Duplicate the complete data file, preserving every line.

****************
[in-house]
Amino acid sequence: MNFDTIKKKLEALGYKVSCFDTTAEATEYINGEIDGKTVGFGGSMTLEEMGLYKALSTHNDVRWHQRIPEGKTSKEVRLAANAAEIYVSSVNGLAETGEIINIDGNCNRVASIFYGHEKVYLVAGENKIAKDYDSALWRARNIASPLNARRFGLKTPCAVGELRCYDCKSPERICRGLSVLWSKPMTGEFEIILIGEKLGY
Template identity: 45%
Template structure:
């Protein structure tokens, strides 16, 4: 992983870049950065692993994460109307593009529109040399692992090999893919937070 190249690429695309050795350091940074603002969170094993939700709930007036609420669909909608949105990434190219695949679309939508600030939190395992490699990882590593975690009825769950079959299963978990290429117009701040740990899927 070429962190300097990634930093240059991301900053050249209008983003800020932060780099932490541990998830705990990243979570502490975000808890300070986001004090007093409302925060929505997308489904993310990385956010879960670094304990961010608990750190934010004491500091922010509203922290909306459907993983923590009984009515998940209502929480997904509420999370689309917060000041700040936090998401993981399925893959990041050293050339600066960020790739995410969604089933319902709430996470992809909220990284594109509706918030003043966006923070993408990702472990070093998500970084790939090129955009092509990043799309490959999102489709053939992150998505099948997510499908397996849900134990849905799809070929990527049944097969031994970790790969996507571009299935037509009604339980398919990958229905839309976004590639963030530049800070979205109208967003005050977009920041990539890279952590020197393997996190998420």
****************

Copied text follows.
[in-house]
Amino acid sequence: MNFDTIKKKLEALGYKVSCFDTTAEATEYINGEIDGKTVGFGGSMTLEEMGLYKALSTHNDVRWHQRIPEGKTSKEVRLAANAAEIYVSSVNGLAETGEIINIDGNCNRVASIFYGHEKVYLVAGENKIAKDYDSALWRARNIASPLNARRFGLKTPCAVGELRCYDCKSPERICRGLSVLWSKPMTGEFEIILIGEKLGY
Template identity: 45%
Template structure:
């Protein structure tokens, strides 16, 4: 992983870049950065692993994460109307593009529109040399692992090999893919937070 190249690429695309050795350091940074603002969170094993939700709930007036609420669909909608949105990434190219695949679309939508600030939190395992490699990882590593975690009825769950079959299963978990290429117009701040740990899927 070429962190300097990634930093240059991301900053050249209008983003800020932060780099932490541990998830705990990243979570502490975000808890300070986001004090007093409302925060929505997308489904993310990385956010879960670094304990961010608990750190934010004491500091922010509203922290909306459907993983923590009984009515998940209502929480997904509420999370689309917060000041700040936090998401993981399925893959990041050293050339600066960020790739995410969604089933319902709430996470992809909220990284594109509706918030003043966006923070993408990702472990070093998500970084790939090129955009092509990043799309490959999102489709053939992150998505099948997510499908397996849900134990849905799809070929990527049944097969031994970790790969996507571009299935037509009604339980398919990958229905839309976004590639963030530049800070979205109208967003005050977009920041990539890279952590020197393997996190998420």